Indeed, the present Prime Minister of Canada, Stephen Harper, seems to go even further. In his first year in power he declared forthrightly that "we don't need the experts"; he was then referring specifically to those working on early childhood development and advocating for a national children's agenda. (He may even have had Clyde in mind, which would be a back-handed compliment to the significance of Clyde's work.) Immediately on taking power, Harper crushed hopes for a national daycare program that might have been the vehicle for mitigating our costly social gradients and advancing a national children's agenda. He has followed through by gagging government scientists – and even archivists – and with the deliberate destruction of long-term public research programs and data sources. Last year, there were public demonstrations in Ottawa by scientists protesting "the death of evidence" (Fitzpatrick 2012).
Our current prime minister is clearly determined not merely to ignore inconvenient evidence, but to suppress and, where possible, destroy it. Perhaps he fears it. Perhaps he has reason. He may be aware that whatever ideas he does find congenial would not withstand confrontation with evidence, at least in anyone else's mind but his.
We are clearly observing, in Harperland, a demonstration of the power of ideas, although it is unclear what those ideas are, or where they came from. Perhaps, to go back to Keynes, he is "the [slave] of some defunct economist." From the University of Chicago?
So Clyde was not wrong, or naïve, to desire a better country. He, and others, have shown conclusively that "it does not have to be this way." But first, we may need a better federal government.
« Ça ne doit pas être nécessairement de cette façon »
Le décès soudain et prématuré de Clyde Hertzman a été un grand choc pour ceux qui l'ont connu. C'est aussi une grande perte pour les politiques et la recherche en santé au Canada et ailleurs. C'était un remarquable érudit de la scène publique, au sommet de ses facultés intellectuelles. Je tente ici de brosser un portrait personnel de la façon dont il a créé ce cadre conceptuel qu'il nommait « l'enchilada complète » du contexte social, lequel influence le développement biologique et comportemental dès la petite enfance. De ces racines naissent nos trajectoires de vie, des gradients sociaux d'expériences plus ou moins réussies. Le rendement international d'une société est le reflet de la somme de ces trajectoires. Le Canada pourrait faire beaucoup mieux, mais pas dans le Harperland.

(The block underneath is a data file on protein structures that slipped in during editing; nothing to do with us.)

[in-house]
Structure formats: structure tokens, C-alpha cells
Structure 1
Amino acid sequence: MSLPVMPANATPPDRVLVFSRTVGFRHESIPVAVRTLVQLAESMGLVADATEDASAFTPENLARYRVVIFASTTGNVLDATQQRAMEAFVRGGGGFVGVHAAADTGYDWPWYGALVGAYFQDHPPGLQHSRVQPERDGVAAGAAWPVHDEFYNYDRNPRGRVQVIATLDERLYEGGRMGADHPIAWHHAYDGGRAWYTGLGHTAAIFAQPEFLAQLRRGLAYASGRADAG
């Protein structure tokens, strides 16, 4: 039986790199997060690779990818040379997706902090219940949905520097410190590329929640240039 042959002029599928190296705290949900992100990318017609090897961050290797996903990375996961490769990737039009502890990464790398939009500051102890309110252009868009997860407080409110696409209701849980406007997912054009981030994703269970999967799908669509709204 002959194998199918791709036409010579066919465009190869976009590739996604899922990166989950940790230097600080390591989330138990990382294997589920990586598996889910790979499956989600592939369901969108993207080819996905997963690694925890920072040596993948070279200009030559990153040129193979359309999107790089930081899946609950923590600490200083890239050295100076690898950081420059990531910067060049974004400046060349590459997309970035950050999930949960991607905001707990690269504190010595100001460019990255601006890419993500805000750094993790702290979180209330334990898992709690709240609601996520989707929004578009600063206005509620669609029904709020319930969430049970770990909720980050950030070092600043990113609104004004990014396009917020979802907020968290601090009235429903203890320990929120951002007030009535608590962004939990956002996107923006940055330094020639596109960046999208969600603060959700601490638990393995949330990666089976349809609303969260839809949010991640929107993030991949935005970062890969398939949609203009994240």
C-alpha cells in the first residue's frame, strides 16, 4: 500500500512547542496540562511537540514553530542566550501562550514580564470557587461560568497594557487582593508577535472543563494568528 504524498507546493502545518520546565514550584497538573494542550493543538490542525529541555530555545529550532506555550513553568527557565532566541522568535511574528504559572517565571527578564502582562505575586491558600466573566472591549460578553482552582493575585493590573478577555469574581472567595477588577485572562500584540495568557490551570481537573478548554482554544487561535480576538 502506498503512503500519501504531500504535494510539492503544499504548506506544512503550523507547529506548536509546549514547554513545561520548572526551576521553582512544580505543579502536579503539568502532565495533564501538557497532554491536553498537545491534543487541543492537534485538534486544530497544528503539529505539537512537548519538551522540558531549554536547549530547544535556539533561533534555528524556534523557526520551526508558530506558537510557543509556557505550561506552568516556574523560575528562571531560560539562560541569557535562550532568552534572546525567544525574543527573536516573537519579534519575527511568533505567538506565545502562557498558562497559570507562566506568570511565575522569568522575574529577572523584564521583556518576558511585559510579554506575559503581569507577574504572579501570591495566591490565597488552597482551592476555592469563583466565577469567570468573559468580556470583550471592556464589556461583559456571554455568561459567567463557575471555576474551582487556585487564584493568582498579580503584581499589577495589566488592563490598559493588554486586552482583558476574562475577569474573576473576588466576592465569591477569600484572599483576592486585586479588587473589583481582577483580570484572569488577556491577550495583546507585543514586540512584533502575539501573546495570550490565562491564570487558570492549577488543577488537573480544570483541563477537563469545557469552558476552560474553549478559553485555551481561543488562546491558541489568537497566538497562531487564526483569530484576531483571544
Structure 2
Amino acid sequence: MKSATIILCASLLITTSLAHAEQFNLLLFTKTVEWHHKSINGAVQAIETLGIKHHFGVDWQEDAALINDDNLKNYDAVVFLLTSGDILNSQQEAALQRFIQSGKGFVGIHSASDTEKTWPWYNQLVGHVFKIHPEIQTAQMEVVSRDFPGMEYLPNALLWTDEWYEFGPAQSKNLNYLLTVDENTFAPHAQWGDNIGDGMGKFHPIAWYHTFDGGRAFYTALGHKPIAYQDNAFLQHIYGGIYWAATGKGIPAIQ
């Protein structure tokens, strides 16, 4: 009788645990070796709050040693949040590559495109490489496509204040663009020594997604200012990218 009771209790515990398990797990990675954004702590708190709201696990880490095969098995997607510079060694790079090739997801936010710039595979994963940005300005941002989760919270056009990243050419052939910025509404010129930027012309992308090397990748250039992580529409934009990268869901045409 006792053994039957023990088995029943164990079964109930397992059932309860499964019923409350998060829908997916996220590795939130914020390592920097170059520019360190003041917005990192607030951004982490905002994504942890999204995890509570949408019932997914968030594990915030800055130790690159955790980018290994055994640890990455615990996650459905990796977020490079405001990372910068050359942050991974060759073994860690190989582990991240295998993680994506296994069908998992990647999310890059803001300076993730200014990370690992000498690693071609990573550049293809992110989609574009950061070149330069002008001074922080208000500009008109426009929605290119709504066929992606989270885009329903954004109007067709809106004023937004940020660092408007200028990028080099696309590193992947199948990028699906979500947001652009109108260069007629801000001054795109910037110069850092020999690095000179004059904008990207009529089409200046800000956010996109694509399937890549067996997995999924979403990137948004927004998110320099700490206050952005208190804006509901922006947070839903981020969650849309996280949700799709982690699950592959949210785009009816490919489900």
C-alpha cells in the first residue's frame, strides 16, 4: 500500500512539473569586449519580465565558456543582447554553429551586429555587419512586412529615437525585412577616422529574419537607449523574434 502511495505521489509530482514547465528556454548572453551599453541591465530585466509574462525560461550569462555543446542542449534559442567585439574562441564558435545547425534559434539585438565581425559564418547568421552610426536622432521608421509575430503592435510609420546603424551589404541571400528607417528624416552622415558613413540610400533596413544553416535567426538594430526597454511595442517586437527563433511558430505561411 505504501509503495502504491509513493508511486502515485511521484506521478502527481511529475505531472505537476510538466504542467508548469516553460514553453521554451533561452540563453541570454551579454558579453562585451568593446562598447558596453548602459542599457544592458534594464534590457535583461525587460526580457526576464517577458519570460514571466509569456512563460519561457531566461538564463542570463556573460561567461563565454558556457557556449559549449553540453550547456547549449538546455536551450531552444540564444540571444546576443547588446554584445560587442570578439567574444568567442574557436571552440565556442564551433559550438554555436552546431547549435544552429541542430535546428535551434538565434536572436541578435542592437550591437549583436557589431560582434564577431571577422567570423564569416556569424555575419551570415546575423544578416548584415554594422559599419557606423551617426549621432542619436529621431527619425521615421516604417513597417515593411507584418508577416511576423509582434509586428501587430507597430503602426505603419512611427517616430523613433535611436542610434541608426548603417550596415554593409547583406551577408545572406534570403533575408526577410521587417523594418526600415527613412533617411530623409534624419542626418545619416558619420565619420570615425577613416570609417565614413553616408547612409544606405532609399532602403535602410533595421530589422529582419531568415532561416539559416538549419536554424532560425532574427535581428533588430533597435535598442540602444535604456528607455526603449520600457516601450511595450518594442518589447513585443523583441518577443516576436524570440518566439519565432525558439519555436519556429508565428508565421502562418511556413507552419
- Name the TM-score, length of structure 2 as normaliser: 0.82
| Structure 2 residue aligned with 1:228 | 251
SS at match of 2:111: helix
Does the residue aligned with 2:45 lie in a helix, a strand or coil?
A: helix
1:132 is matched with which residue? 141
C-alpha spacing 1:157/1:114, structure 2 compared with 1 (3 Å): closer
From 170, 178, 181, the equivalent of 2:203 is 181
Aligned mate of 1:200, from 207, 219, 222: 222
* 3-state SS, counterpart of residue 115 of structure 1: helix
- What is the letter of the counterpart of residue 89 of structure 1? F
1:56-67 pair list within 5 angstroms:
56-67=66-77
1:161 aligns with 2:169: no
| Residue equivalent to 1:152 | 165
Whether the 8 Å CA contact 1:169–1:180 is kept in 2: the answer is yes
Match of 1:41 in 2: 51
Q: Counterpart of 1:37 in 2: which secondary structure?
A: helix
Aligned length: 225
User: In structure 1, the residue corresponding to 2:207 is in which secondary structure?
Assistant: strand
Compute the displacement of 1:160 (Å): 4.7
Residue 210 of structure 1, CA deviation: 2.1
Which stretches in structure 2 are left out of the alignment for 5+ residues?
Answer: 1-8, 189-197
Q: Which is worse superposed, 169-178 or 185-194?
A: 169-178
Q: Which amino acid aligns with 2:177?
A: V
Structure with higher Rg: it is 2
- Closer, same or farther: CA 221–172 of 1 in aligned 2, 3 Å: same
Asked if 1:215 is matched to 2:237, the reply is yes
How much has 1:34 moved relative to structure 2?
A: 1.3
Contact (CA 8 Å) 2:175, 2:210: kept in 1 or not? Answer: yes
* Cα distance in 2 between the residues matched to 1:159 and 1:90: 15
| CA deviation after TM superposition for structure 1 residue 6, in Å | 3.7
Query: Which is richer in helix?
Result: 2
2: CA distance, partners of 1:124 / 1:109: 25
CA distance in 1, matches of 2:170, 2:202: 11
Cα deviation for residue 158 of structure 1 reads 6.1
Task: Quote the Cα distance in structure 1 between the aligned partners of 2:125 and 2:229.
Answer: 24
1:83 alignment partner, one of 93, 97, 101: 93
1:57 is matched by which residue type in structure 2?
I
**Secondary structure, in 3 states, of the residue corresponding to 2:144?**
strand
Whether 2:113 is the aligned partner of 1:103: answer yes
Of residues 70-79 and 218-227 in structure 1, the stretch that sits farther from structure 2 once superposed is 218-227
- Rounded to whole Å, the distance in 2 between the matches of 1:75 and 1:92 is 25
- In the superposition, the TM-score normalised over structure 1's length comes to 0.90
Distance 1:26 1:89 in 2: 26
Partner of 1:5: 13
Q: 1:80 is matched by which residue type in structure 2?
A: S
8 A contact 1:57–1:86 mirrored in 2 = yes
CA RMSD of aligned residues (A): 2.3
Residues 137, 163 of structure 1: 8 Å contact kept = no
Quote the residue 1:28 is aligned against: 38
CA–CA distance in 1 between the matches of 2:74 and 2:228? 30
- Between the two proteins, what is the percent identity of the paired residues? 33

Barer, M.L., R.G. Evans, C. Hertzman and J. Lomas. 1987. "Aging and Health Care Utilization: New Evidence on Old Fallacies." Social Science and Medicine 24(10): 851–62.
Evans, R.G., C. Hertzman and S. Morgan. 2007. "Improving Health Outcomes in Canada." In J. Leonard, C. Ragan and F. St. Hilaire, eds., A Canadian Priorities Agenda: Policy Choices to Improve Economic and Social Well-Being (pp. 291–325). Montreal: Institute for Research on Public Policy.
Fitzpatrick, M. 2012 (July 10). "Death of Scientific Evidence Mourned on Parliament Hill." CBCnewsCanada. Retrieved April 15, 2013. <http://www.cbc.ca/news/canada/story/2012/07/10/pol-death-evidence-protest-parliament-hill.html>.
Keynes, J.M. 1961. The General Theory of Employment, Interest and Money. London, UK: Macmillan.
Lalonde, M. 1974. A New Perspective on the Health of Canadians. Ottawa: Government of Canada.
Lavis, J.N., S.E. Ross, G.L. Stoddart, J.M. Hohenadel, C.B. McLeod and R.G Evans. 2003. "Do Canadian Civil Servants Care About the Health of Populations?" American Journal of Public Health 93(4): 371–79.
Maggi, S., L.J. Irwin, A. Siddiqi and C. Hertzman. 2010. "The Social Determinants of Early Child Health: An Overview." Journal of Paediatrics and Child Health 46(11): 627–35.